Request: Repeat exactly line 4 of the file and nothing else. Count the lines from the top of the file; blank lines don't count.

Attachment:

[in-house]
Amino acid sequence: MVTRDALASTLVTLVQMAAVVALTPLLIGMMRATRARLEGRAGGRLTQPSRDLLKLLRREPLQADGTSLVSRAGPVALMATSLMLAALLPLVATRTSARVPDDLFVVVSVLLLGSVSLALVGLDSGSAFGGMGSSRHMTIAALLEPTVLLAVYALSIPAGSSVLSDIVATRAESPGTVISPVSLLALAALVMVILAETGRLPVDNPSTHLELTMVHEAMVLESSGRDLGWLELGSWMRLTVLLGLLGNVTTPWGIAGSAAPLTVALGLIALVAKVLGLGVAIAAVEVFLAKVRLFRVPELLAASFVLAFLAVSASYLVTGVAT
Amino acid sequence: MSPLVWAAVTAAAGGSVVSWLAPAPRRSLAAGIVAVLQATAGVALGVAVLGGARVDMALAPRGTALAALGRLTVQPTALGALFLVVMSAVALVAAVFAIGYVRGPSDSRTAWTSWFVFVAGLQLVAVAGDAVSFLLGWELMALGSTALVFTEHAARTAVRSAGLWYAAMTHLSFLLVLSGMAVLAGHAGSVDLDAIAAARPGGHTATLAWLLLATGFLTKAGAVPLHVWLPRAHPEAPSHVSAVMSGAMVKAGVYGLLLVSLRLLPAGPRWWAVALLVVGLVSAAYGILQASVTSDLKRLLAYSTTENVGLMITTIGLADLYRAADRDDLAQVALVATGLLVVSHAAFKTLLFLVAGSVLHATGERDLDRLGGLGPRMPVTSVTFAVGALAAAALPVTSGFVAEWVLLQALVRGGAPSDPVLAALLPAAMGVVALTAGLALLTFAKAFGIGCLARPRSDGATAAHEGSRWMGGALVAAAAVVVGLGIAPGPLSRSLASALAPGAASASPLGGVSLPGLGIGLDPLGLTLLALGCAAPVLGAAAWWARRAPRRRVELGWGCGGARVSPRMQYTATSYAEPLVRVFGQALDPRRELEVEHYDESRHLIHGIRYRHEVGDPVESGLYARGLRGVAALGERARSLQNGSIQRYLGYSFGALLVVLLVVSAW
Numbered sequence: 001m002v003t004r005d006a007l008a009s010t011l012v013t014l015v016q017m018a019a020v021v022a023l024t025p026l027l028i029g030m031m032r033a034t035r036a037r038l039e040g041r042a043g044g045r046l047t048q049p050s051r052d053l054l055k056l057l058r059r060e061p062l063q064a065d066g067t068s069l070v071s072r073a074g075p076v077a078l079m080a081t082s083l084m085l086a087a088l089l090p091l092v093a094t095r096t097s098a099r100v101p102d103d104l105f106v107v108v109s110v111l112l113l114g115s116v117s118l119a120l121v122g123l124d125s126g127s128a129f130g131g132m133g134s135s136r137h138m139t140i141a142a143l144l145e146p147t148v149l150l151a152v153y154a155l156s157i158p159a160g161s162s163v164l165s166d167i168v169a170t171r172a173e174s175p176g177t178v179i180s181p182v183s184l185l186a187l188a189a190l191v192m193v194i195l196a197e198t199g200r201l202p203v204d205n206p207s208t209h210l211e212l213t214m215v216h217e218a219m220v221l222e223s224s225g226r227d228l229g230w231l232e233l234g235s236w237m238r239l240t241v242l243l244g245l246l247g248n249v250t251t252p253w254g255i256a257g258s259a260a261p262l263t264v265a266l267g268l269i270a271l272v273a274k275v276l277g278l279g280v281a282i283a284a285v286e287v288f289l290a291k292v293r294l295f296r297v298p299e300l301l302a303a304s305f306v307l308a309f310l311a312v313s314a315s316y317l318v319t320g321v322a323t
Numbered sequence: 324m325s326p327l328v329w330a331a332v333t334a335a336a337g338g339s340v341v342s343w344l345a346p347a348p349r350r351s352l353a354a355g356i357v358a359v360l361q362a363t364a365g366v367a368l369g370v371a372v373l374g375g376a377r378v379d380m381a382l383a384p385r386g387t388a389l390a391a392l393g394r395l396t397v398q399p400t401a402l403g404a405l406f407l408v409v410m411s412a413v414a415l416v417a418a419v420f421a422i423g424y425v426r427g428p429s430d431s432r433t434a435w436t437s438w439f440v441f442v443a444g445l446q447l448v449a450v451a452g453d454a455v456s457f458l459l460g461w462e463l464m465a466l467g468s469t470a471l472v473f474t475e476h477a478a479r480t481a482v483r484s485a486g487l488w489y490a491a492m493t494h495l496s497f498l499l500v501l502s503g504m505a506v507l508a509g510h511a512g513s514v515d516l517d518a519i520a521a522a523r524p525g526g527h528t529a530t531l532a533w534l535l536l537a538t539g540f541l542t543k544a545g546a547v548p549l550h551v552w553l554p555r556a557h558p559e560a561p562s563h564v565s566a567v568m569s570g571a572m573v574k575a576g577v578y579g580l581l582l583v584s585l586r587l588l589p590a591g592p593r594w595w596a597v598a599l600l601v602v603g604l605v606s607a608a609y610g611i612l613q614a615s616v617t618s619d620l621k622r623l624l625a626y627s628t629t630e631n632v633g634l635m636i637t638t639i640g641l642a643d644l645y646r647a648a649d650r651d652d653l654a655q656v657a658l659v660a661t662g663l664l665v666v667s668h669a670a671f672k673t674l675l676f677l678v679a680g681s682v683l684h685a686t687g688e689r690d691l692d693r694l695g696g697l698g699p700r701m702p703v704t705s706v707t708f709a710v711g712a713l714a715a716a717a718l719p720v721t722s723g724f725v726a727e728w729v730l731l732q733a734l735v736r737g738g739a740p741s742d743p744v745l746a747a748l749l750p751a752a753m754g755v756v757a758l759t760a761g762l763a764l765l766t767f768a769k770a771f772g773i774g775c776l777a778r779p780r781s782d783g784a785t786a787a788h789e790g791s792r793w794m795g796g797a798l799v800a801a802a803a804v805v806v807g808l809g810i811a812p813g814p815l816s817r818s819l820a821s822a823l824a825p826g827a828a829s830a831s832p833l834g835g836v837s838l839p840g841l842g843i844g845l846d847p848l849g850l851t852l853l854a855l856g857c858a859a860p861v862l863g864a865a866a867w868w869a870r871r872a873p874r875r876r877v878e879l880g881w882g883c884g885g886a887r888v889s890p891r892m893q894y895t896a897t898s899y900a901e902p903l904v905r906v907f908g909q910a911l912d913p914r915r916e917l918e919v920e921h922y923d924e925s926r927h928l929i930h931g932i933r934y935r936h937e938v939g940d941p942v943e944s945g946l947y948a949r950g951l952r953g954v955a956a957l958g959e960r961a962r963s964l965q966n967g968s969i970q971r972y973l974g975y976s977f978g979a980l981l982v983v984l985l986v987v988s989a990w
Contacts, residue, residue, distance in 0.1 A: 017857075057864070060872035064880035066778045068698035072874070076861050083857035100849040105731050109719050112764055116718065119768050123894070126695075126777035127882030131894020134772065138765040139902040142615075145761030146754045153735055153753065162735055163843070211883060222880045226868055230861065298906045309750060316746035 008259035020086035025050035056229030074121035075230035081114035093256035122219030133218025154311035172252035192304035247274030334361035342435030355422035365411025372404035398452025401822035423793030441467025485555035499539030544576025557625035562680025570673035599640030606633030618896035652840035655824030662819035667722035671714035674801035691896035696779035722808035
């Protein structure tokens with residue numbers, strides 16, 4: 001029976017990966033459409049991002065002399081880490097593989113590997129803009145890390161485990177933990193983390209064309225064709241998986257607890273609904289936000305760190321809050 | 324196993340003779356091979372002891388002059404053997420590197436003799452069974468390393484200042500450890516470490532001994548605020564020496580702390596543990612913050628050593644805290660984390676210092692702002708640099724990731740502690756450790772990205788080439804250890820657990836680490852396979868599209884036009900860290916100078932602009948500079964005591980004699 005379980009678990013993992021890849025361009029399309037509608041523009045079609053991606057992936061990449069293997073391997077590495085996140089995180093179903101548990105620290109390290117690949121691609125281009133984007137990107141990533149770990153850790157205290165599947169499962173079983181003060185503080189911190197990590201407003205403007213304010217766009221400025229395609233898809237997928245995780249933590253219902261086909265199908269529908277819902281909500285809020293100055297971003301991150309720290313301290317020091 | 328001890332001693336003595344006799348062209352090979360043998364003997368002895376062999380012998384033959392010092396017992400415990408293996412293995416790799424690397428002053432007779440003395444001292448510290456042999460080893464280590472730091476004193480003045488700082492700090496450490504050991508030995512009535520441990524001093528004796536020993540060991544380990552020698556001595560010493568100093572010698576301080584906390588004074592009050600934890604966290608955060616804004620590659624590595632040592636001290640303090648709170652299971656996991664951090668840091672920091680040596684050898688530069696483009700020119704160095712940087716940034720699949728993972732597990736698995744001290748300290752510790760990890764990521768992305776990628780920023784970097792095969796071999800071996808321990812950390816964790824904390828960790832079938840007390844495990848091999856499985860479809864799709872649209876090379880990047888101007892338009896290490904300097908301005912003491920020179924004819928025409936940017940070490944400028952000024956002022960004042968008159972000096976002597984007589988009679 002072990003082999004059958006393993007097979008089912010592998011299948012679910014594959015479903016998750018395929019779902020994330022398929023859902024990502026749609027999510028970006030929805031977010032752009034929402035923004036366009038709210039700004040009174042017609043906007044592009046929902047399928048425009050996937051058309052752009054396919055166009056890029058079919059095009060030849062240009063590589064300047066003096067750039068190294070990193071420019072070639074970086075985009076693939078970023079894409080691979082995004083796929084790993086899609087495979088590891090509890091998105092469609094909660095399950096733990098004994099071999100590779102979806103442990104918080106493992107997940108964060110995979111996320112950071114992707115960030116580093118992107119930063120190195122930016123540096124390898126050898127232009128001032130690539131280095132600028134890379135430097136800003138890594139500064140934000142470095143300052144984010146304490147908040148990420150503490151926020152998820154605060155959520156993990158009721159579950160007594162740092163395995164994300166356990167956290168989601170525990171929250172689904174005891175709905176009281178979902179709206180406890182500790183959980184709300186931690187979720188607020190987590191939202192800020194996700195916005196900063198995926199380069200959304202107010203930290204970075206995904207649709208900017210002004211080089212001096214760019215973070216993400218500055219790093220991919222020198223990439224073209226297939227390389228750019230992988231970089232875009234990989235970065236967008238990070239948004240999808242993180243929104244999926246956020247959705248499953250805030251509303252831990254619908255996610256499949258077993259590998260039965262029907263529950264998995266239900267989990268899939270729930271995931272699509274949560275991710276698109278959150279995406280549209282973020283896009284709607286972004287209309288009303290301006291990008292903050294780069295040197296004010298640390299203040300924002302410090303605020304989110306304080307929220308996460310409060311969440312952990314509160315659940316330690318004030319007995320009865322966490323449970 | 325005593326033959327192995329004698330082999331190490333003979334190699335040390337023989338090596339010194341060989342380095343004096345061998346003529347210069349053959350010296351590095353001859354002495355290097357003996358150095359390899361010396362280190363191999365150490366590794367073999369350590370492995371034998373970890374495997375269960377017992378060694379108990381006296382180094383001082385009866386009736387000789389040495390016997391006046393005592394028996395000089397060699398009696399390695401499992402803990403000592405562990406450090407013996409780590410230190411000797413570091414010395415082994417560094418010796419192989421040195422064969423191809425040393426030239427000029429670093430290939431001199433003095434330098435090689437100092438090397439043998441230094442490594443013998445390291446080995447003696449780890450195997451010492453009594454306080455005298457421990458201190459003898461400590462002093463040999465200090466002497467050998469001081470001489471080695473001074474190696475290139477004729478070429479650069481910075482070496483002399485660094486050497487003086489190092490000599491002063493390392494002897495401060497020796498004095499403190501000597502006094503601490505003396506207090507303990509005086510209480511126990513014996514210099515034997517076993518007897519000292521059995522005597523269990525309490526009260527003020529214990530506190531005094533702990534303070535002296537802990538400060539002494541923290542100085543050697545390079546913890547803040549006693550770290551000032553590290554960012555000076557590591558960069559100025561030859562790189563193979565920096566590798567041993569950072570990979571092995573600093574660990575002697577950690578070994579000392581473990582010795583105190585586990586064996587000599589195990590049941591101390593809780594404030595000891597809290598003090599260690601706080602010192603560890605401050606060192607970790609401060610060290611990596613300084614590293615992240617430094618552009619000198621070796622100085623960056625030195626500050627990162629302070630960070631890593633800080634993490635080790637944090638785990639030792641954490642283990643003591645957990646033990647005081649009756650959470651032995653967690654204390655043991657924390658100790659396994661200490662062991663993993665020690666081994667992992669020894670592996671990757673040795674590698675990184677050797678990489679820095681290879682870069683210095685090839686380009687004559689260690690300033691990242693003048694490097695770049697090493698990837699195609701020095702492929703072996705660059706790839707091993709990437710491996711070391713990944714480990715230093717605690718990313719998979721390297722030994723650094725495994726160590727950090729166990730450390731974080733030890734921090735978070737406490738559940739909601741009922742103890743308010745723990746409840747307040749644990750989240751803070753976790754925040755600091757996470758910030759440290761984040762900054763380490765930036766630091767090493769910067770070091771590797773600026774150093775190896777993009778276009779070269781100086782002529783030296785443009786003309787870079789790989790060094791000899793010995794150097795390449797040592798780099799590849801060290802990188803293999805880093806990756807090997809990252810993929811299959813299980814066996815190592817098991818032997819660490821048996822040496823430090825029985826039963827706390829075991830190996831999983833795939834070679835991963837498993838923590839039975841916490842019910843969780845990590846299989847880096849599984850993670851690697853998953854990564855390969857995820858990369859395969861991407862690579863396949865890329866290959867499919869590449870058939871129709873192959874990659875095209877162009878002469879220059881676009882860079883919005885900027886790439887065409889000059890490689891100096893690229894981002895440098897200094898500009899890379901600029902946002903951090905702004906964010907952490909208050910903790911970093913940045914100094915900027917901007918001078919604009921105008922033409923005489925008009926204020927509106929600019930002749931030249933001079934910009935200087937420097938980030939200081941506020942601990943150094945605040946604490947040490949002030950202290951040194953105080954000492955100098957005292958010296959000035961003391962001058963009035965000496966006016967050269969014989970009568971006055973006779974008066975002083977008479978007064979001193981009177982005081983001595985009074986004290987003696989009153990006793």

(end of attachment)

Numbered sequence: 001m002v003t004r005d006a007l008a009s010t011l012v013t014l015v016q017m018a019a020v021v022a023l024t025p026l027l028i029g030m031m032r033a034t035r036a037r038l039e040g041r042a043g044g045r046l047t048q049p050s051r052d053l054l055k056l057l058r059r060e061p062l063q064a065d066g067t068s069l070v071s072r073a074g075p076v077a078l079m080a081t082s083l084m085l086a087a088l089l090p091l092v093a094t095r096t097s098a099r100v101p102d103d104l105f106v107v108v109s110v111l112l113l114g115s116v117s118l119a120l121v122g123l124d125s126g127s128a129f130g131g132m133g134s135s136r137h138m139t140i141a142a143l144l145e146p147t148v149l150l151a152v153y154a155l156s157i158p159a160g161s162s163v164l165s166d167i168v169a170t171r172a173e174s175p176g177t178v179i180s181p182v183s184l185l186a187l188a189a190l191v192m193v194i195l196a197e198t199g200r201l202p203v204d205n206p207s208t209h210l211e212l213t214m215v216h217e218a219m220v221l222e223s224s225g226r227d228l229g230w231l232e233l234g235s236w237m238r239l240t241v242l243l244g245l246l247g248n249v250t251t252p253w254g255i256a257g258s259a260a261p262l263t264v265a266l267g268l269i270a271l272v273a274k275v276l277g278l279g280v281a282i283a284a285v286e287v288f289l290a291k292v293r294l295f296r297v298p299e300l301l302a303a304s305f306v307l308a309f310l311a312v313s314a315s316y317l318v319t320g321v322a323t